Architecture on Film: Communion Los Angeles

Tracing the route of California’s oldest freeway, stunning, stuttering images enmeshed in a tactile tapestry of sound offer a very different kind of road movie; a mesmeric, psychogeographic trip down 35 miles of blacktop into LA. UK Premiere.


04:00pm, Saturday, 30 March 2019


05:10pm, Saturday, 30 March 2019


Cinema 1
Barbican Centre, Level -2
Silk St, London, EC2Y 8DS



AF Members:
£9.60 (Please contact AF for promotional discount code)


Young Barbican:

Tel (9am-8pm):
+44 (0)20 7638 8891

This is a past event

Due to the first screening selling out, we are now mounting an additional second screening: 

Screening 1: Tuesday 12 March, 8.30pm
Followed by conversation with directors Adam R. Levine and Peter Bo Rappmund in person, chaired by Architecure on Film Curator Justin Jaeckle.

Screening 2: Saturday 30 March, 4.00pm
Repeat screening due to public demand.

Communion Los Angeles [UK Premiere]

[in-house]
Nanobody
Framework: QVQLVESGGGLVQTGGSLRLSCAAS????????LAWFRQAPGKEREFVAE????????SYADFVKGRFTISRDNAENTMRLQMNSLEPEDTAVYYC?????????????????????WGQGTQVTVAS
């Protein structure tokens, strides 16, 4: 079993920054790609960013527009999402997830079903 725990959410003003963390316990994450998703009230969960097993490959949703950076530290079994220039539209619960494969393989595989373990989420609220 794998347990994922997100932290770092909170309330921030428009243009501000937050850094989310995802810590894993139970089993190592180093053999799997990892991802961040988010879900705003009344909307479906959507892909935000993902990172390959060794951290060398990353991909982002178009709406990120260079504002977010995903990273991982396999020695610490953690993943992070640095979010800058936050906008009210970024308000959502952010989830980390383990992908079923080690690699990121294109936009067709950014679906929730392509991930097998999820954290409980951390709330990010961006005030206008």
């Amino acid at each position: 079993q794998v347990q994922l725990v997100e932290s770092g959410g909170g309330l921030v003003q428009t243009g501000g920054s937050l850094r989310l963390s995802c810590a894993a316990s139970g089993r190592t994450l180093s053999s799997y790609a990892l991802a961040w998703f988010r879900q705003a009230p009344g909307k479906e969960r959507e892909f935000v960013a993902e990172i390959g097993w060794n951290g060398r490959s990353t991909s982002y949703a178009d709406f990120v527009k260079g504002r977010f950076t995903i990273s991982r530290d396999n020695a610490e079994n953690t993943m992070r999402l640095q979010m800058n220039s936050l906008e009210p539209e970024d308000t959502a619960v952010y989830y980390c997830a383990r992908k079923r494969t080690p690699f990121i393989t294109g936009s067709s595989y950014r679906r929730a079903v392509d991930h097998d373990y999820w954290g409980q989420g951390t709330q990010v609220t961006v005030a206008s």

A road movie, a freeway symphony, a highly crafted journey through urban space, Communion LA conjures an experimental masterpiece out of its stunning images and remarkable collaged soundscape, as it traces 35 miles of California’s oldest highway, Route 110, through Metropolitan Los Angeles.

Eight years in the making, the intricately made film stitches together individual frames at a varying pace to transform its images into a stuttering rhythmic flow, interwoven with a rich tapestry of overheard conversations, radio, field recordings and music, to produce a very different kind of road movie; a mesmeric, psychogeographic trip from the San Gabriel Mountains into a baroque, nocturnal City of Angels, towards the Pacific Ocean beyond.